Recently the U.S. Food and Drug Administration (FDA) approved what may be the smallest, most advanced pacing system to date, at just one-tenth the size of a traditional pacemaker. The University of Utah Health Care implanted the first “leadless pacemaker” directly into the heart via catheter just this last June 2016. The Micra Transcatheter Pacing System (TPS) is no bigger than a standard vitamin capsule, does not require leads of any kind, and is cosmetically invisible, as it does not require surgical placement through a skin pocket below the collarbone, like most pacemakers.
Important Safety Concerns
After the placement of a pacemaker it is important to always tell your doctor if:
The incision becomes red, warm, swollen, or purulent.
You have a fever, dizziness, chest pain, and prolonged fatigue.
In addition, during the first 5 days of implantation, you should avoid sudden and large movements with the shoulder.
After the operation, you will have a first meeting to follow up with your doctor.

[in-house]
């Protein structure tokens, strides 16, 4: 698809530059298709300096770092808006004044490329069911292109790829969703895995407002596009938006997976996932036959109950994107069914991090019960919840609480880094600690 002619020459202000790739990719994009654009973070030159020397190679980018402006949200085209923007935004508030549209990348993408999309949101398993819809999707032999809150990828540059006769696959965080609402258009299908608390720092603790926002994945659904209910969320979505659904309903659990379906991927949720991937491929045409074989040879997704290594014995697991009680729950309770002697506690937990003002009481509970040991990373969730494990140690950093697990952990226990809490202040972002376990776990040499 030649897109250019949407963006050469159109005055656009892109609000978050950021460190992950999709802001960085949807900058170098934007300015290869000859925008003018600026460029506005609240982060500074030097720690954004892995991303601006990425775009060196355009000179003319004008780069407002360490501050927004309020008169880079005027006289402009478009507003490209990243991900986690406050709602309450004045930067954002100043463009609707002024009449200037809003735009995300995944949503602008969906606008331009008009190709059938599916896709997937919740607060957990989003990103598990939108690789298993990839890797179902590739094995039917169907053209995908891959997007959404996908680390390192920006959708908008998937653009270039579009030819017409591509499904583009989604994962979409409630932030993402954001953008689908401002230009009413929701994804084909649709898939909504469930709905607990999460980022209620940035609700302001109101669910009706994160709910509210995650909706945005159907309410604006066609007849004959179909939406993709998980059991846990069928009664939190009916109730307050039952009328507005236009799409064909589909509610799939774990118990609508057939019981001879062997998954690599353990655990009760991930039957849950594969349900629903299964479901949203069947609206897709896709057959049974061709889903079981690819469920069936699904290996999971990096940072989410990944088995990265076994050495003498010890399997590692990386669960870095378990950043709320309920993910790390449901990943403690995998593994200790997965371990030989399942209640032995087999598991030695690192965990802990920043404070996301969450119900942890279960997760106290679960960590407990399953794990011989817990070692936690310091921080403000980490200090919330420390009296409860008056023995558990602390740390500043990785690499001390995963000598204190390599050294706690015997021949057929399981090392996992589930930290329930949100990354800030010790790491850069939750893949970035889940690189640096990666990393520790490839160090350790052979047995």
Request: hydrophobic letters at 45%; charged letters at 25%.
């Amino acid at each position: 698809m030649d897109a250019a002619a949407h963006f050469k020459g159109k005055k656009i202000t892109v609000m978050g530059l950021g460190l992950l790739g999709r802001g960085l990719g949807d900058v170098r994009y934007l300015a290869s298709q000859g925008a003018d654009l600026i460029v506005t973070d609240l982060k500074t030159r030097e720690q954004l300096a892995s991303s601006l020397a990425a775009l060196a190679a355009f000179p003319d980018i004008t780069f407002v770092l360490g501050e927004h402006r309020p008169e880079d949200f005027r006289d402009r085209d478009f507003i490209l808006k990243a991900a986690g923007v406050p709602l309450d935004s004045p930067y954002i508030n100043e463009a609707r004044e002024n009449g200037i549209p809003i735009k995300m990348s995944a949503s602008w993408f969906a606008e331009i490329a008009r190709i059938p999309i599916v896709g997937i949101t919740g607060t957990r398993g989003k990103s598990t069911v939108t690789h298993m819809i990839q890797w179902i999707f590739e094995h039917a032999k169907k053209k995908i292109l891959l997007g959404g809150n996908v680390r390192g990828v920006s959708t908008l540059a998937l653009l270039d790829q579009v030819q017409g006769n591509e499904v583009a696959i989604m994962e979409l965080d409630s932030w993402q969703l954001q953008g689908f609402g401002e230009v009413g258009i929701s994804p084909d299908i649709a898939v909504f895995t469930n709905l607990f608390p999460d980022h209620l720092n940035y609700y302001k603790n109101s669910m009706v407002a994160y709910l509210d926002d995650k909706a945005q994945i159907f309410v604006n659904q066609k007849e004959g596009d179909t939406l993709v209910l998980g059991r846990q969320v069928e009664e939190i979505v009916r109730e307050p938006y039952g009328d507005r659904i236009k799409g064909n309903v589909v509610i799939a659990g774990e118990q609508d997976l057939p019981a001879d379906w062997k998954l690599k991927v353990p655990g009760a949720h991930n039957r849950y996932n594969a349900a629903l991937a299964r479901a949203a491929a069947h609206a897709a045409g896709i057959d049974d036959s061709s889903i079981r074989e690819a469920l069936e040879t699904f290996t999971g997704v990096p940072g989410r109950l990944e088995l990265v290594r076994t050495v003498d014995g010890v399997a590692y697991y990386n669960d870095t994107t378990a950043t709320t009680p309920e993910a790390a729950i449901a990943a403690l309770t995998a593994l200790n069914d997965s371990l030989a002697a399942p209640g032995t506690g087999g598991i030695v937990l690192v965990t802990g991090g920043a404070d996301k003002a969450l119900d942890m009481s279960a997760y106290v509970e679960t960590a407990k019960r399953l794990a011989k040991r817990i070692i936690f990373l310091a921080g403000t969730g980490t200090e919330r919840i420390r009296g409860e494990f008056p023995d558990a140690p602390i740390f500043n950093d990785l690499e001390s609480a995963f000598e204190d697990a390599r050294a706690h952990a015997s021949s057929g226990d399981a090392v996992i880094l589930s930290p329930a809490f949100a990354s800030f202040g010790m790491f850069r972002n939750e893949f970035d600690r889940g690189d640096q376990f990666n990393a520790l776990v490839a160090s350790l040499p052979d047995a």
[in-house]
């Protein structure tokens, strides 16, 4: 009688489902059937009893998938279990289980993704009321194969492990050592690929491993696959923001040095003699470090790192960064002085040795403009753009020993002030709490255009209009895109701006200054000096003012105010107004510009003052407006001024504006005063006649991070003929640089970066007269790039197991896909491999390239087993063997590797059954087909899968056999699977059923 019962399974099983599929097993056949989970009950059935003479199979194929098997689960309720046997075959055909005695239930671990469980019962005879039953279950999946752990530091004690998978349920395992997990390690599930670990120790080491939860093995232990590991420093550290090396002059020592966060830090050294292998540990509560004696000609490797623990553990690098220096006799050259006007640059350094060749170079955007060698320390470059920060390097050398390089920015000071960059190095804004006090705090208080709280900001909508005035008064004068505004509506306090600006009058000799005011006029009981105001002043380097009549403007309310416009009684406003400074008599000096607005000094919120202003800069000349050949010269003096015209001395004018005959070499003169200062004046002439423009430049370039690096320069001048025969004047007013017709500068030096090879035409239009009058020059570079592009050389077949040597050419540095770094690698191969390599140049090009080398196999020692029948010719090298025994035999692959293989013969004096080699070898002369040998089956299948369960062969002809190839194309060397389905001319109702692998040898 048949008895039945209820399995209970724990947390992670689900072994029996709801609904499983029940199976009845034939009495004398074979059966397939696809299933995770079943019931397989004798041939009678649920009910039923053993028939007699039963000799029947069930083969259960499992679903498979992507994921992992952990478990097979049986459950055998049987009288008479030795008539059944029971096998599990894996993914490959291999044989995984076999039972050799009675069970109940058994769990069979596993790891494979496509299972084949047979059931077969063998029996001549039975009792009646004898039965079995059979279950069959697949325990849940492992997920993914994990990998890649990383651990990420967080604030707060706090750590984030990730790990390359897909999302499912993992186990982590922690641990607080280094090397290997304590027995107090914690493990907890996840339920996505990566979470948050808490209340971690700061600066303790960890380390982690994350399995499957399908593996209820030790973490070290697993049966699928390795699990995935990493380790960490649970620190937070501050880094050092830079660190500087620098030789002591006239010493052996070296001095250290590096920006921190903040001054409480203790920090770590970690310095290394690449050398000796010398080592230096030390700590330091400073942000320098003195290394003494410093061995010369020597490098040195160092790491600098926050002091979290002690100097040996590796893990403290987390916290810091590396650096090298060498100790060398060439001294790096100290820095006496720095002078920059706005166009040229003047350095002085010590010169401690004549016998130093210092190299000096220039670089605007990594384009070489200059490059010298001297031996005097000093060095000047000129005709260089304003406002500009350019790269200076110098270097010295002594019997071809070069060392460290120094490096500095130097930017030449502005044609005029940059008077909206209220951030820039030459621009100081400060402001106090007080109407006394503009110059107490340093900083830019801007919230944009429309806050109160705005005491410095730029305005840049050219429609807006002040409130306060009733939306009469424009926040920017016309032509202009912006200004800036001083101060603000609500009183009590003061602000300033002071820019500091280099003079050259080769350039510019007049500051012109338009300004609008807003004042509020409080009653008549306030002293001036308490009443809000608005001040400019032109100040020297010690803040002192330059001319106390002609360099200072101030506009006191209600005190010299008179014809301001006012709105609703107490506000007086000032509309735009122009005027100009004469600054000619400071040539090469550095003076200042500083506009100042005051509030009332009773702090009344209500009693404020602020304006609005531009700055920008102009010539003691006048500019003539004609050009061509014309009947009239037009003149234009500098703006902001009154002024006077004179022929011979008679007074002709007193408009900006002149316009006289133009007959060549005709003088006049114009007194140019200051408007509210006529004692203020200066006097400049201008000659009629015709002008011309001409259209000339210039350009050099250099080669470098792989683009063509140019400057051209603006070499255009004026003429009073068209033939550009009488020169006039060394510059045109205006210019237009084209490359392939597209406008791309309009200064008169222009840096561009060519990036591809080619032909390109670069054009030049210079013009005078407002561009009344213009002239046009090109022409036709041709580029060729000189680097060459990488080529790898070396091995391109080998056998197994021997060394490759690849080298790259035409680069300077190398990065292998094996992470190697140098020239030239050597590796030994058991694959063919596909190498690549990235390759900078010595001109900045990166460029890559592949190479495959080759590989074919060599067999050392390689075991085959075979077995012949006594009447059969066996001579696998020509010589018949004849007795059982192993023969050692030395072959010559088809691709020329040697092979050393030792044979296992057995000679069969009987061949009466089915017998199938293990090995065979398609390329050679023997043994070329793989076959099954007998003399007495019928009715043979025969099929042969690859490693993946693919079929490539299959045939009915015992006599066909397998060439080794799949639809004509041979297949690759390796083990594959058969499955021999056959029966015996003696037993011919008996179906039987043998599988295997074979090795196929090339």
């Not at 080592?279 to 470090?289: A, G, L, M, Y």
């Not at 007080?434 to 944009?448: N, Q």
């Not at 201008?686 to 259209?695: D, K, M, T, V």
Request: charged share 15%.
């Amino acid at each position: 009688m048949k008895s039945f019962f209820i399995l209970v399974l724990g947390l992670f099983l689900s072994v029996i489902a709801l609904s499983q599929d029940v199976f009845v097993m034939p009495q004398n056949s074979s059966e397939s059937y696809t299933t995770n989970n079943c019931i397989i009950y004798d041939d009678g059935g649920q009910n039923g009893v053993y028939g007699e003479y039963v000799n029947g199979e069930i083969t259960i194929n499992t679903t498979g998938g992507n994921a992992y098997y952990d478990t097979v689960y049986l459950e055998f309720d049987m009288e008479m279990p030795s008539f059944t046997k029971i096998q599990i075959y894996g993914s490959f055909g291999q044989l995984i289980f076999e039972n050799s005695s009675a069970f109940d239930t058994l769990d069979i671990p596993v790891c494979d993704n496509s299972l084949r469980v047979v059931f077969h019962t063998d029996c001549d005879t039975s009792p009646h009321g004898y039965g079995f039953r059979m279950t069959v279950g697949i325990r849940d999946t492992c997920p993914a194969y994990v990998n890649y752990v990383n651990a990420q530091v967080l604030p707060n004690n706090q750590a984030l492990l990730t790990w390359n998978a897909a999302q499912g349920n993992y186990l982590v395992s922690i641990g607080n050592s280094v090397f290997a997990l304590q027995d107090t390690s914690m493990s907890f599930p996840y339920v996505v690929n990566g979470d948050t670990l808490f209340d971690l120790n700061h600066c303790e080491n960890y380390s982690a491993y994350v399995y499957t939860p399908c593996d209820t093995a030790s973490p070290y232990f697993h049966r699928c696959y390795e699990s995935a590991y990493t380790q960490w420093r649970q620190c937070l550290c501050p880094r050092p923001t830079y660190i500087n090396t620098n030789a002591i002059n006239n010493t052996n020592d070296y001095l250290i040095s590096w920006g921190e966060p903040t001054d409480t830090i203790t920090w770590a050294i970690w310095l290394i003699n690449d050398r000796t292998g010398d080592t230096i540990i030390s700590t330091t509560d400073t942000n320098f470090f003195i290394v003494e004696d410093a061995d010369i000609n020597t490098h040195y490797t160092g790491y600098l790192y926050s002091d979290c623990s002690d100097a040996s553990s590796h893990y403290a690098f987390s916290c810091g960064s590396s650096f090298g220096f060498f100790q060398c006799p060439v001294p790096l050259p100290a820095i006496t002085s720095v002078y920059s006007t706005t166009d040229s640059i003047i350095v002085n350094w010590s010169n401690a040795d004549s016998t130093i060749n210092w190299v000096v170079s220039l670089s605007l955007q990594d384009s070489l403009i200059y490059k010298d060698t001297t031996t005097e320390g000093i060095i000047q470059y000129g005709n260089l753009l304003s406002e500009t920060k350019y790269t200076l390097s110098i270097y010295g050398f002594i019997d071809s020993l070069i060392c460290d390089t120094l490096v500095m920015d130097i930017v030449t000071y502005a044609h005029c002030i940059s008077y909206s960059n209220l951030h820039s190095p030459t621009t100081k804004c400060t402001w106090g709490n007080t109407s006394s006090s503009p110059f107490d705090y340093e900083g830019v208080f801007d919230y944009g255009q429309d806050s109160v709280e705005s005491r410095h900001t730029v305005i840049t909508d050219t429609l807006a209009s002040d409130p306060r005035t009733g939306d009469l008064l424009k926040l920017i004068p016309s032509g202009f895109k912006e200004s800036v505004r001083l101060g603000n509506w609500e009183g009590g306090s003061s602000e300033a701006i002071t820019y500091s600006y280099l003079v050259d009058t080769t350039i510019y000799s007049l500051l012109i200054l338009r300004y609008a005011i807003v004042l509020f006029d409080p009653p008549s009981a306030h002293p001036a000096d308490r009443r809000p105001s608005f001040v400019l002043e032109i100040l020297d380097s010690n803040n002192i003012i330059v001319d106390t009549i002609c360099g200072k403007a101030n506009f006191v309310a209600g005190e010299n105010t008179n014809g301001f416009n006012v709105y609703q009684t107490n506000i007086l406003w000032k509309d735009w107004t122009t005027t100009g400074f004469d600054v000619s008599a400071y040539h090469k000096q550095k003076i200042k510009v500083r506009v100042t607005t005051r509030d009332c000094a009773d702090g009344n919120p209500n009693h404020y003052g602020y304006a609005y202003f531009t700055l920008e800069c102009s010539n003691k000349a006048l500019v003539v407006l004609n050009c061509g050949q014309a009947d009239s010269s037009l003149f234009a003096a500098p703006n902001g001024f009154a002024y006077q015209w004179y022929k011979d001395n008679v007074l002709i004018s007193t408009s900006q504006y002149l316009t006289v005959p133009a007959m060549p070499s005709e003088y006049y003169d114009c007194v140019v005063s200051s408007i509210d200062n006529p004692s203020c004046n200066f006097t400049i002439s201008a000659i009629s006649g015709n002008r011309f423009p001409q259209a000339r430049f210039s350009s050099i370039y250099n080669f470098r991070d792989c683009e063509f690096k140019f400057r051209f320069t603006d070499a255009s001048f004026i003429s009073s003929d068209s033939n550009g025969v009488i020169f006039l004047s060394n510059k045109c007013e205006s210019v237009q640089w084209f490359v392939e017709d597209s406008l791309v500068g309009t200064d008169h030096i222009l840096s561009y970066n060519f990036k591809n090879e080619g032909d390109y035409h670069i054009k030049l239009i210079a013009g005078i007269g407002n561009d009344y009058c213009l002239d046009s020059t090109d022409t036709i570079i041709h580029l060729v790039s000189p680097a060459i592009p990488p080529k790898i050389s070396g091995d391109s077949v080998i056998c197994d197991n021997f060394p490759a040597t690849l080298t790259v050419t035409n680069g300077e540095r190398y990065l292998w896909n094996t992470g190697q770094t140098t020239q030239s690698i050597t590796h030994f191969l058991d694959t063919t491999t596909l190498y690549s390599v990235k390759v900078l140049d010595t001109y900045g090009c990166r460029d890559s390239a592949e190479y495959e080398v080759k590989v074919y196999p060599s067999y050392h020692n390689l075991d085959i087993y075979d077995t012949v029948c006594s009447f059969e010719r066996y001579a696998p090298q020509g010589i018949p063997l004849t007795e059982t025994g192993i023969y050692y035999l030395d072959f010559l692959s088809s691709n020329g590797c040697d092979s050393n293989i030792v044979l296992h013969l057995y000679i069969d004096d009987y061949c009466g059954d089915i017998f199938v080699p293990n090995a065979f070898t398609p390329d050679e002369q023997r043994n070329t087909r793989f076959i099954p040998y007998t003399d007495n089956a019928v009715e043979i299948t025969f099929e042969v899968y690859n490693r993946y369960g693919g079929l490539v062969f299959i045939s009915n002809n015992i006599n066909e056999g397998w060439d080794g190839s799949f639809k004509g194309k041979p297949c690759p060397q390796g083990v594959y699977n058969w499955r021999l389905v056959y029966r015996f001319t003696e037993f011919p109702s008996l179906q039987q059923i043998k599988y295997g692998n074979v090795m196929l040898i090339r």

The electrical functions of your pacemaker will be tested.
The stimulation parameters will be adjusted according to your needs.
Programming is done with an external programmer only.
You will have an average of one every 6 months exam.
At each visit, the state of the battery and pacing thresholds will be tested.
Living with a pacemaker
Gradually, you will return to normal life.
But follow these instructions:
Take medications prescribed by your doctor
Check your pulse regularly
Go to appointments check your pacemaker
Keep on your pacemaker identification card as well at home and in travel
With a pacemaker, you will live normally
You can continue your usual activities, such as gardening, cleaning, driving
You may shower, bathe or swim